China retained a current account surplus in 2018 and it will remain basically balanced in future, the foreign exchange regulator said on January 30.
China‘s current account is slowly swinging from a decades’ long surplus towards a deficit. Analysts say that will mark a major structural shift in global capital flows in and out of the country which could make the yuan exchange rate more volatile.
“Based on preliminary statistics, China’s current showed a certain surplus in 2018, which continued to be within a reasonable range,” Wang Chunying, spokeswoman at for State Administration of Foreign Exchange (SAFE), told Chinaforex.com.cn, the website of the regulator’s publication.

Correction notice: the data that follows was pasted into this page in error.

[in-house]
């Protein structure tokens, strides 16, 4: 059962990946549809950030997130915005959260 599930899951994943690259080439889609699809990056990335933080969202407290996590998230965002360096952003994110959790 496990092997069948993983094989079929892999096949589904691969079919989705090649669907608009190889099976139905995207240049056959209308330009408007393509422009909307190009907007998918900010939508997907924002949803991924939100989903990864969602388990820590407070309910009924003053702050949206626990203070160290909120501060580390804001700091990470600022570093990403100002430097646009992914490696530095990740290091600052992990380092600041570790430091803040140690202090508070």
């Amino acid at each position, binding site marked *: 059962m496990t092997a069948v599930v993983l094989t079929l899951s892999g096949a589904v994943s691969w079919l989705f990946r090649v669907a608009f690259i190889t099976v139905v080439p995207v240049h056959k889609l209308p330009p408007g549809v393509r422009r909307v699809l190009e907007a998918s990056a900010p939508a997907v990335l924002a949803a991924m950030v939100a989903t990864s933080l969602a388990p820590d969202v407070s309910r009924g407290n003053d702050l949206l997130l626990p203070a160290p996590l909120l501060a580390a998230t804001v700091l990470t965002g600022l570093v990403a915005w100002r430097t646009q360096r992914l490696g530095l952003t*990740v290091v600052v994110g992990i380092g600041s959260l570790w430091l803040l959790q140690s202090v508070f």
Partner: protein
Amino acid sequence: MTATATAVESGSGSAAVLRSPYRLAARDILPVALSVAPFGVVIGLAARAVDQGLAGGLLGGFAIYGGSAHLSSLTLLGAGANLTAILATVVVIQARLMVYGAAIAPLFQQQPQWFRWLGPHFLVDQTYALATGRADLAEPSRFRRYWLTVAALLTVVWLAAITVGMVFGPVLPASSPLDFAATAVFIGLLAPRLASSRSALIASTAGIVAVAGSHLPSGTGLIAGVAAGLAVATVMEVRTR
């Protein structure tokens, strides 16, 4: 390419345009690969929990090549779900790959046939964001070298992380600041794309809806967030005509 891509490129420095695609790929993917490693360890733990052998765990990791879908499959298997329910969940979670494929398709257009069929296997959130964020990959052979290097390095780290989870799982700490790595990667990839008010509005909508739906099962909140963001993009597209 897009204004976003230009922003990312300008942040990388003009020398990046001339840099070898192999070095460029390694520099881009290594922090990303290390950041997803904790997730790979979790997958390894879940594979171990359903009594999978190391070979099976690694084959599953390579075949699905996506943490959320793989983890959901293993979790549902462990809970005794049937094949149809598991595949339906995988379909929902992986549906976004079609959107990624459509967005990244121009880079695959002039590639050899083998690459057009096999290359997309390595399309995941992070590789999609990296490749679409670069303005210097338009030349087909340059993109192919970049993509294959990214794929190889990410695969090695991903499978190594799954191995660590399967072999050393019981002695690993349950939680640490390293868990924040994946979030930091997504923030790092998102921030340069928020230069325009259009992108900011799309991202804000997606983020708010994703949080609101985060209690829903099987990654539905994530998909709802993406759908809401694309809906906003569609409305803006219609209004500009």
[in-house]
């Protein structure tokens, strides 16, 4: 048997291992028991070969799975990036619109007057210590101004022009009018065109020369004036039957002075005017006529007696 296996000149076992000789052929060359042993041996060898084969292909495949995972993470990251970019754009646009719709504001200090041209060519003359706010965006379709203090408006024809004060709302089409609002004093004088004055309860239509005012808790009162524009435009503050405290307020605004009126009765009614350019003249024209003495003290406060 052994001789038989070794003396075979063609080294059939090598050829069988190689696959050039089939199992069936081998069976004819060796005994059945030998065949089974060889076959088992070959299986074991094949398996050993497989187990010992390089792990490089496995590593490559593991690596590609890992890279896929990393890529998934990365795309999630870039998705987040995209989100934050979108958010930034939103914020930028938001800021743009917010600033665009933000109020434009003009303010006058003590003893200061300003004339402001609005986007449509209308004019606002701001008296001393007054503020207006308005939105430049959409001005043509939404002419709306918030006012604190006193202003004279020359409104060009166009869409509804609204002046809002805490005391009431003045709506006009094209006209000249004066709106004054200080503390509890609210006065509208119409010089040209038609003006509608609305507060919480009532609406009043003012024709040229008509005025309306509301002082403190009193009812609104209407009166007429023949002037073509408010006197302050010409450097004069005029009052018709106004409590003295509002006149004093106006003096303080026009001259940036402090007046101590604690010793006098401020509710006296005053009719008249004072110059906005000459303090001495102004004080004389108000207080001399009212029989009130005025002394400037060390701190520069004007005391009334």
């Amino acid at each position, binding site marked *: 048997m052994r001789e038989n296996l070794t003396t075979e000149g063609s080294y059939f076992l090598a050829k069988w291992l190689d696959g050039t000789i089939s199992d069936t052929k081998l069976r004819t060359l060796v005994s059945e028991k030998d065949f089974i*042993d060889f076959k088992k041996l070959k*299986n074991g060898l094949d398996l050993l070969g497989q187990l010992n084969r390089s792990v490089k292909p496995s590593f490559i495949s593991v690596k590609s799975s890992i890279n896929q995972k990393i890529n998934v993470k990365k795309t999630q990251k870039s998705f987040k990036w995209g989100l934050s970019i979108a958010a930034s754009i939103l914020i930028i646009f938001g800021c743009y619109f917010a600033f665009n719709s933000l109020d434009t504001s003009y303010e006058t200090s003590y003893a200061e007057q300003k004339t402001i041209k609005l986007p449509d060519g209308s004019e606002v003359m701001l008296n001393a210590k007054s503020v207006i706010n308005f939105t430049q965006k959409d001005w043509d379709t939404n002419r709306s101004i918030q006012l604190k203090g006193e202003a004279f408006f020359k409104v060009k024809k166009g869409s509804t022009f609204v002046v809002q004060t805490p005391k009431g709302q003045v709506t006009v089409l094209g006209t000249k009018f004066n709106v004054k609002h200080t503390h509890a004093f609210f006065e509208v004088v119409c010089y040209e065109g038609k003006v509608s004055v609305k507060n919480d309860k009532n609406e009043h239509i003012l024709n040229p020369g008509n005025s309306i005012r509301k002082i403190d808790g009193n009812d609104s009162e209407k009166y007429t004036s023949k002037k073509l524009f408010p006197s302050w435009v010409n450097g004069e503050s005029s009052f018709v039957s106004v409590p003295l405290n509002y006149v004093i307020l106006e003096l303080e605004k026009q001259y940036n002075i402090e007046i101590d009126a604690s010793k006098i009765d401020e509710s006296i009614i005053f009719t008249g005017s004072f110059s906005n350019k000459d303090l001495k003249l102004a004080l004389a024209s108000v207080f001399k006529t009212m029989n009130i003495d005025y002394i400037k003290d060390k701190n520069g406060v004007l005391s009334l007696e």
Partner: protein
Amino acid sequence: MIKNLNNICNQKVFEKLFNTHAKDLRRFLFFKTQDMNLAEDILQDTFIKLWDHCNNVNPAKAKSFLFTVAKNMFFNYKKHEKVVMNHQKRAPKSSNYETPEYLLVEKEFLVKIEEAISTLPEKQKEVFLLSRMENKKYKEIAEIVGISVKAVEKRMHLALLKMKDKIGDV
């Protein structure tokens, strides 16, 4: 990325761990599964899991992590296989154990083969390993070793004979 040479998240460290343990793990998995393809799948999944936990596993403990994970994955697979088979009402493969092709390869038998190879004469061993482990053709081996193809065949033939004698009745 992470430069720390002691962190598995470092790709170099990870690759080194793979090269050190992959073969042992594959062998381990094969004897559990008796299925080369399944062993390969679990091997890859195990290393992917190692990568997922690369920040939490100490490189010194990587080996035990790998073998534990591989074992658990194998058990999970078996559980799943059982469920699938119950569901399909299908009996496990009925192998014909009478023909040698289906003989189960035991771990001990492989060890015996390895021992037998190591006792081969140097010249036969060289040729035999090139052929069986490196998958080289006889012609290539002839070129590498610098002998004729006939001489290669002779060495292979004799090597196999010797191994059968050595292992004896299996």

China’s final current account deficit for the first nine months of 2018 was $5.5 billion while the final capital and financial account surplus was $95.4 billion, earlier official data showed.
Analysts have attributed the current account deficit to China’s narrowing trade surplus and its widening services trade deficit. But December’s trade surplus was the largest in three years.
The 2017 current account surplus was equivalent of 1.3 percent of China’s gross domestic product (GDP), down from 1.8 percent in 2016. The ratio has been falling steadily from as high as 10 percent in 2007.
The SAFE is expected to release 2018 preliminary current and capital account data next month.
There is room for China to attract more capital inflows, mainly for mid-to-long term investments, Wang said.
China will develop more foreign exchange trading tools and improve liquidity of its currency market, Wang added.